This searching interpretation of past and present addresses fundamental questions about the fall of the Roman Empire. Why did ancient culture, once so strong and rich, come to an end? Was it destroyed by weaknesses inherent in its nature? Or were mistakes made that could have been avoided—was there a point at which Greco-Roman society took a wrong turn? And in what ways is modern society different?
Western history is split into two discontinuous eras, Aldo Schiavone tells us: the ancient world was fundamentally different from the modern one. He locates the essential difference in a series of economic factors: a slave-based economy, relative lack of mechanization and technology, the dominance of agriculture over urban industry. Also crucial are aspects of the ancient mentality: disdain for manual work, a preference for transcending (rather than transforming) nature, a basic belief in the permanence of limits.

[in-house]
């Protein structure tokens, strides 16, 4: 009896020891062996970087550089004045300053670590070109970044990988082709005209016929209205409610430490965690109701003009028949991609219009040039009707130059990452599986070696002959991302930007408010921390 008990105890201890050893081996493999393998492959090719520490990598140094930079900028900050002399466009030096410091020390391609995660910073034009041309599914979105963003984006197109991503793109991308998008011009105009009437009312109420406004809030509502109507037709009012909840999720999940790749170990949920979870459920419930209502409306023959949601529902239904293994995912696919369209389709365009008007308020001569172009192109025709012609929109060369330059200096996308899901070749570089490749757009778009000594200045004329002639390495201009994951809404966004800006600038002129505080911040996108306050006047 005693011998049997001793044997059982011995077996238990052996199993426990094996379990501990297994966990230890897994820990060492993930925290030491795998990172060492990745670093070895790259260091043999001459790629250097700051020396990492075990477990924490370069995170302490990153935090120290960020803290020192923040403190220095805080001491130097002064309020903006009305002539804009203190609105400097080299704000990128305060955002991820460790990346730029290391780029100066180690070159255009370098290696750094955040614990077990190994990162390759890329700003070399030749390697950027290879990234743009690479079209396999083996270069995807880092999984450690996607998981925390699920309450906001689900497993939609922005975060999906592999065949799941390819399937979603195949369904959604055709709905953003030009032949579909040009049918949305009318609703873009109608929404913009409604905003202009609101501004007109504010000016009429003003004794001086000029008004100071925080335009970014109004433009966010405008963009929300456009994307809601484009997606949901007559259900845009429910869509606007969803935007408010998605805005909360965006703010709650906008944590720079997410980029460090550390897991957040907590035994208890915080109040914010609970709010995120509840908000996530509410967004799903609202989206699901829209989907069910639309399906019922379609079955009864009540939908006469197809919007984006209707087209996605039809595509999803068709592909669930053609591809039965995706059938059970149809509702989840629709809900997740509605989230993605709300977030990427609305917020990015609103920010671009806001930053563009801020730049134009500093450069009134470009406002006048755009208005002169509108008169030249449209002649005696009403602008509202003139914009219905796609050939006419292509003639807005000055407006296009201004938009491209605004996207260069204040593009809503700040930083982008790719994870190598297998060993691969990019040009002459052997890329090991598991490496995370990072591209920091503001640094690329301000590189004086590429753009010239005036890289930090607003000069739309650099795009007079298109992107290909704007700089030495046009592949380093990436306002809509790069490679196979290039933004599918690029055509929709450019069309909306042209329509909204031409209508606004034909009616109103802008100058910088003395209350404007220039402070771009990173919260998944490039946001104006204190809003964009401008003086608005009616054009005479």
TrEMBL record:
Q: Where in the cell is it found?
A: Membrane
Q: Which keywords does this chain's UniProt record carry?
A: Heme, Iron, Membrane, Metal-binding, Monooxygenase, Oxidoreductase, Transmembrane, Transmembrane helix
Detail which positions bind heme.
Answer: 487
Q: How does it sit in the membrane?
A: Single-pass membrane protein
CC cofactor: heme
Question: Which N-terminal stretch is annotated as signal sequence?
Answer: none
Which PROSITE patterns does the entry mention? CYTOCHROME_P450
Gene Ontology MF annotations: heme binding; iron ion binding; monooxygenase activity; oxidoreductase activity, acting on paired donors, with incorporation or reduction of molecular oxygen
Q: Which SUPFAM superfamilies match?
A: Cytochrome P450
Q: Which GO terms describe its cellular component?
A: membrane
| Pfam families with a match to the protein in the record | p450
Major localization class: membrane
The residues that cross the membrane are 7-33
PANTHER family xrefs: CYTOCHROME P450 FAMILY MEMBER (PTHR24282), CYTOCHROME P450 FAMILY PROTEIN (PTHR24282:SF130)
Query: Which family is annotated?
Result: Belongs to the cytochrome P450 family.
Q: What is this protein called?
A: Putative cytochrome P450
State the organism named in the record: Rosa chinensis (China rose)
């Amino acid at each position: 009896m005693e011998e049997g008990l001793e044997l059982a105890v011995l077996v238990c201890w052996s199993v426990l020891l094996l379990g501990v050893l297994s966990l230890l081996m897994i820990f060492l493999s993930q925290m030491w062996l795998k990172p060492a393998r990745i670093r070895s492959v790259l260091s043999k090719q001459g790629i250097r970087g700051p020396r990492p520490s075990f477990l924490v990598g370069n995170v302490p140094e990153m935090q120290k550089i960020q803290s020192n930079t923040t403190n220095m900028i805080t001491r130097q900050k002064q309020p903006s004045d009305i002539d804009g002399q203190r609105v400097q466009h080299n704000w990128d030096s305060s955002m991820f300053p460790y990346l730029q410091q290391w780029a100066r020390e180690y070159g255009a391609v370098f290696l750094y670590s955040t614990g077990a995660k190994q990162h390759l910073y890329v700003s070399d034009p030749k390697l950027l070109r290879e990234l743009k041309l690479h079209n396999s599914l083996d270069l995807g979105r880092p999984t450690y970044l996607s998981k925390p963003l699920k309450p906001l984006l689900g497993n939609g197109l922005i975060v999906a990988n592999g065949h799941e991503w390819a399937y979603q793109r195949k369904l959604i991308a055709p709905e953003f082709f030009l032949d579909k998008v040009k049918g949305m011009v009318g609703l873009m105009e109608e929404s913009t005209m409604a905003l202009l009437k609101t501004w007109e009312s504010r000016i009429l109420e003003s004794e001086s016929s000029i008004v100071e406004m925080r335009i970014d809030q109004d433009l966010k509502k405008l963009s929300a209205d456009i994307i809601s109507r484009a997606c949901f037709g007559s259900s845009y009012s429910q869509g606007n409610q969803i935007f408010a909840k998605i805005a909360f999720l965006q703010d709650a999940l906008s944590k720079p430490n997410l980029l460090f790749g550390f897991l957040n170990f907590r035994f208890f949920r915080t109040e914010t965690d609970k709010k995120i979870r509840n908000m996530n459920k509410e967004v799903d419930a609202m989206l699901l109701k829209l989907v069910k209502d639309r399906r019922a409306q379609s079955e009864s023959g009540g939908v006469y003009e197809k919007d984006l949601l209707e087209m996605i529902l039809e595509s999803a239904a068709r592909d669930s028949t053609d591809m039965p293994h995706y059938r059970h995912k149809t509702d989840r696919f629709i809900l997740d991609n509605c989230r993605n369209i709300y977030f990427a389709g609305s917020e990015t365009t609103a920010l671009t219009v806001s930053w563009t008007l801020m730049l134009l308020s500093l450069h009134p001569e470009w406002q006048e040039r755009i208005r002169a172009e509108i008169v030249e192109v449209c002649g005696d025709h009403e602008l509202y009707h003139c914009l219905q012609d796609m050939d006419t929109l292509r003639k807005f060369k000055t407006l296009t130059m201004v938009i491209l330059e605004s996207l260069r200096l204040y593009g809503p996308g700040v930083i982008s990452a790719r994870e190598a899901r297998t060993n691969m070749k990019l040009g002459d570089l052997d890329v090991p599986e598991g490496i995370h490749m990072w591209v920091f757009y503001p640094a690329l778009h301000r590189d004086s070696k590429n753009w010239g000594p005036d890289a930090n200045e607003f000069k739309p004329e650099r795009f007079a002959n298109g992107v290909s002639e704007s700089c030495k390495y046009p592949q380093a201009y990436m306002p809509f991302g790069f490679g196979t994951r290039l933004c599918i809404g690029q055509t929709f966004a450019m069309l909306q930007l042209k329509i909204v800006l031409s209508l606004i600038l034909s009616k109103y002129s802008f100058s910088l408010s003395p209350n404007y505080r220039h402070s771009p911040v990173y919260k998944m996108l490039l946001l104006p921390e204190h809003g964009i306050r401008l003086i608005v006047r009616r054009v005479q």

Schiavone’s lively and provocative examination of the ancient world, “the eternal theater of history and power,” offers a stimulating opportunity to view modern society in light of the experience of antiquity.